If you're someone who was flooded out of your home a year ago, when the flood began June 7 and continued through the next few days, this is a time of year you might want to forget. If you're a farmer who lost crops, equipment, or livestock, you may want to do the same. But if you're frustrated with this season, last year might be a reminder that things can always be worse.
Where does the flood of '08 in central and southern Indiana, particularly, fit in history?
Anne Hazlett, director of the Indiana State Department of Agriculture, says it was the worst flooding in southern Indiana in a hundred years. ISDA now estimates one million acres were flooded. That's out of some 13 million crop acres in Indiana.
Ron Lauster, with the Marion County Soil and Water Conservation District, helped put the flood in perspective. When weathermen and statisticians say it's a one in one-hundred year rain, that means the likelihood of seeing that event in any one year is one in one-hundred. It doesn't mean they'll be a hundred years apart. The dice might come up snake eyes more frequently than one in one-hundred years during any given time frame.
The total amount of rainfall was actually determined to be a one in one-thousand year event in certain parts of south-central Indiana. The bottom line is that even though Mother Nature rolls the dice anew each season, it was a flood and rain event that many of us will never see again in our lifetimes. Many live their life and never see what was experienced last year.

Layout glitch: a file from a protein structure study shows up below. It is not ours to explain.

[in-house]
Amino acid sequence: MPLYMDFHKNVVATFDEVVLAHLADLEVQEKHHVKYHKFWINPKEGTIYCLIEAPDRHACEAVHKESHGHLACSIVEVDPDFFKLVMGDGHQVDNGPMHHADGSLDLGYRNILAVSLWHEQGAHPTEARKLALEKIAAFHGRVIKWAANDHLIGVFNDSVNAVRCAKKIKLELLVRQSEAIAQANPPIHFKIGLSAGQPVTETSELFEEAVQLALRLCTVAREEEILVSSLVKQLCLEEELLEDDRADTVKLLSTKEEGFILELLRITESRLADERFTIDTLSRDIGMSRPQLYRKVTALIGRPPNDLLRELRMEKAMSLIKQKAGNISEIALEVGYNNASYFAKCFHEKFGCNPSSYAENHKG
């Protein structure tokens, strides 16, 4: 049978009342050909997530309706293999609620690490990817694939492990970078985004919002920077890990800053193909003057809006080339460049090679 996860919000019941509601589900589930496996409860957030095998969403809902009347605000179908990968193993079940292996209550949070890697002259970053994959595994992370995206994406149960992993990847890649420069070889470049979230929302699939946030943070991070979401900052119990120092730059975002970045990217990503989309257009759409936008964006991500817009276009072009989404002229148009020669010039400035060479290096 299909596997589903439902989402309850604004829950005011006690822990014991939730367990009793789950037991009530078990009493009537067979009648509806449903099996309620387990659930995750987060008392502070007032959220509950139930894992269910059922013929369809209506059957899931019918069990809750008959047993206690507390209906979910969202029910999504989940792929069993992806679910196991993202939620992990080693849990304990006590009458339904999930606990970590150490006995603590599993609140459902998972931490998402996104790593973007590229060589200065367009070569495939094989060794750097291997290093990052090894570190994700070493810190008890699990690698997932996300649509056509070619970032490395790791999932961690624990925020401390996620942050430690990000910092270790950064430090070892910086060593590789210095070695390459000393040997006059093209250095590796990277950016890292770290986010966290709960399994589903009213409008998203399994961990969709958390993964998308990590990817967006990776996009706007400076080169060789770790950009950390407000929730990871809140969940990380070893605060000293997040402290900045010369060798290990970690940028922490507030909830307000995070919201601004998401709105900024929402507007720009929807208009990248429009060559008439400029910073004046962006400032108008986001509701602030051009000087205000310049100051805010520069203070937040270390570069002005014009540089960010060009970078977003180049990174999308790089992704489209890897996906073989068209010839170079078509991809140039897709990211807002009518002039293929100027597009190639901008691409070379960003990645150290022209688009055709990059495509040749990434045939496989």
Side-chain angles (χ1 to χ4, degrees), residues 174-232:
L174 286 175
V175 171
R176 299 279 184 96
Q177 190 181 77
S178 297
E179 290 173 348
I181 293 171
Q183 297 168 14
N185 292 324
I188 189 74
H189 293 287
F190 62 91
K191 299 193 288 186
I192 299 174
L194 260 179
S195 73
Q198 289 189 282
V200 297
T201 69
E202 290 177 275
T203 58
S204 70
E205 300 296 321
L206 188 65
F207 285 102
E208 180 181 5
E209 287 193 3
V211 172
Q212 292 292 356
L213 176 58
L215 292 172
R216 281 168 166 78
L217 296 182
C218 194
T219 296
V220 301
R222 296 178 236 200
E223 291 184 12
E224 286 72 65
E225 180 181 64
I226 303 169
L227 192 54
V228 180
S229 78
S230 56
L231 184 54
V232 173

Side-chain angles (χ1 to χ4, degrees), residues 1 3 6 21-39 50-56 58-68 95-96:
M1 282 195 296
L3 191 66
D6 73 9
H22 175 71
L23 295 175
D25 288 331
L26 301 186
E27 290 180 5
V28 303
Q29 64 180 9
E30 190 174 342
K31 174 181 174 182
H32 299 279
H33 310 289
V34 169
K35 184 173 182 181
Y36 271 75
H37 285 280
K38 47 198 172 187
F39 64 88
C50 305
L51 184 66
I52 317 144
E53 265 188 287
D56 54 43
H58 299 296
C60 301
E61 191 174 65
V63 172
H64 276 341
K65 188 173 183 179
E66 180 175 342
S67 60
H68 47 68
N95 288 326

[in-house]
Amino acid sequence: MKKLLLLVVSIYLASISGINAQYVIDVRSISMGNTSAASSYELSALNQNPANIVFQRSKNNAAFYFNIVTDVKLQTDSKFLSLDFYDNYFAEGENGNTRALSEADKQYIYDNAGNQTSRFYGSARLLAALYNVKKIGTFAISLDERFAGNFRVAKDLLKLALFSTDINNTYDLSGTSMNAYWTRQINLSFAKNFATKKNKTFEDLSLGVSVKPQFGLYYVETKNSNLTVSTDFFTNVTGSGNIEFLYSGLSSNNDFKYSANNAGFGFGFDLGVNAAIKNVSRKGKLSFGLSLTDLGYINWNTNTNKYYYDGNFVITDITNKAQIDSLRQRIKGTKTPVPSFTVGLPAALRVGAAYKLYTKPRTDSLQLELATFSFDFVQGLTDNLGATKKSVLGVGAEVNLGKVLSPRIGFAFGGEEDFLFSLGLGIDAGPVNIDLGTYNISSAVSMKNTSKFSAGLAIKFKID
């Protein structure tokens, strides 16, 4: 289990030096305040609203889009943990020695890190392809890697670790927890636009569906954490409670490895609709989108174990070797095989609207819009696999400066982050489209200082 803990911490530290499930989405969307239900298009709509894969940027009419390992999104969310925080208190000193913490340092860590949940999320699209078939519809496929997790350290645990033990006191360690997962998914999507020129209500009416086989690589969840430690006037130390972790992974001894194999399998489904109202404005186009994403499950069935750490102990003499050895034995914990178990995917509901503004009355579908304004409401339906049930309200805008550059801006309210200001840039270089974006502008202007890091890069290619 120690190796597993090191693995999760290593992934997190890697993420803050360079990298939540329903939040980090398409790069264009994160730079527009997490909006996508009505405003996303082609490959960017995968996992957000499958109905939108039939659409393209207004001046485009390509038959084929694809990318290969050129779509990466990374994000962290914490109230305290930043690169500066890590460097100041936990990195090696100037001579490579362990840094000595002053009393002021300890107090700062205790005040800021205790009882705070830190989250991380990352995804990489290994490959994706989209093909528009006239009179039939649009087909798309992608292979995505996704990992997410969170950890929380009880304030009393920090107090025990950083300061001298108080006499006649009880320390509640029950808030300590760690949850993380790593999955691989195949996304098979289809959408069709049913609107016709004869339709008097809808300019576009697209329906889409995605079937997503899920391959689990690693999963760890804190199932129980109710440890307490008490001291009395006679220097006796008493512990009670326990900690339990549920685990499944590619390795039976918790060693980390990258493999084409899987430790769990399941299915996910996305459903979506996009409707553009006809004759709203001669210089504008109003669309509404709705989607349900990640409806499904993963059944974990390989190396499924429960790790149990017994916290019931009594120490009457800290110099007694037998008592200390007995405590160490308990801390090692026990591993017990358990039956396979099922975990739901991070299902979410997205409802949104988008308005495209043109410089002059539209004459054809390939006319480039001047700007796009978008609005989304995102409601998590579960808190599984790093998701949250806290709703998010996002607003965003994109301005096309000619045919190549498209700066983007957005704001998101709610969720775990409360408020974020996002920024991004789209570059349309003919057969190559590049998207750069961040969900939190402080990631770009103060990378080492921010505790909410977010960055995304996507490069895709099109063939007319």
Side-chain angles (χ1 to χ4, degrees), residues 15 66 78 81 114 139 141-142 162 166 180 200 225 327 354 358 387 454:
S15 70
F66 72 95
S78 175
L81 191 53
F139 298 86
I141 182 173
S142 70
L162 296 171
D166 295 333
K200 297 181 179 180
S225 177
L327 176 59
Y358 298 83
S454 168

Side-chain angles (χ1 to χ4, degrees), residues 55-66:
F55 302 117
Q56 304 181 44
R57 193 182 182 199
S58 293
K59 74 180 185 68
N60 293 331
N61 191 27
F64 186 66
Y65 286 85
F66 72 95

At the same time, the event caused people to rethink how they do certain things. The Honey Creek Watershed Conservancy in Vigo County got busy working with their Congressman, Brad Ellsworth, D- Jasper, and it culminated in receiving $3.3 million in funding to finally finish the 20-year project that had long since ran out of funding. Secretary of Agriculture Tom Vilsack made the announcement standing near Honey Creek last week. The head of the Conservancy says the frustration they felt watching flood waters last June was the impetus to make a renewed effort to find funding.
Many of the fields and homes damaged by the flood have been fixed. The famous 'waterfall in the cornfield' shot on Jim Facemire's farm near Edinburgh is once again a workable field. The landowner, a gravel company, filled the 2-acre gully with an unknown number of loads of dirt to make the field workable again.
Others aren't fixed. An empty lot in Franklin sits where the county annex, housing the Extension office, once stood. The building was finally razed earlier this spring, The Extension office is still housed in a former elementary school one year later, and county officials have not announced firm plans for the future.
Farm fields cut off by the Wabash River is southwest Indiana in some cases, remain cut off. They're no longer farmable.
Still, Hazlett says state programs helped 469 landowners in 35 counties, with more than 30,000 acres touched by the assistance. It came in various forms, including structure repair, debris removal and more. Some of that work still continues.
The sun came up on June 8 one year ago, and life moved on. But for many Hoosiers directly affected, the scars will remain forever, if only in their memories.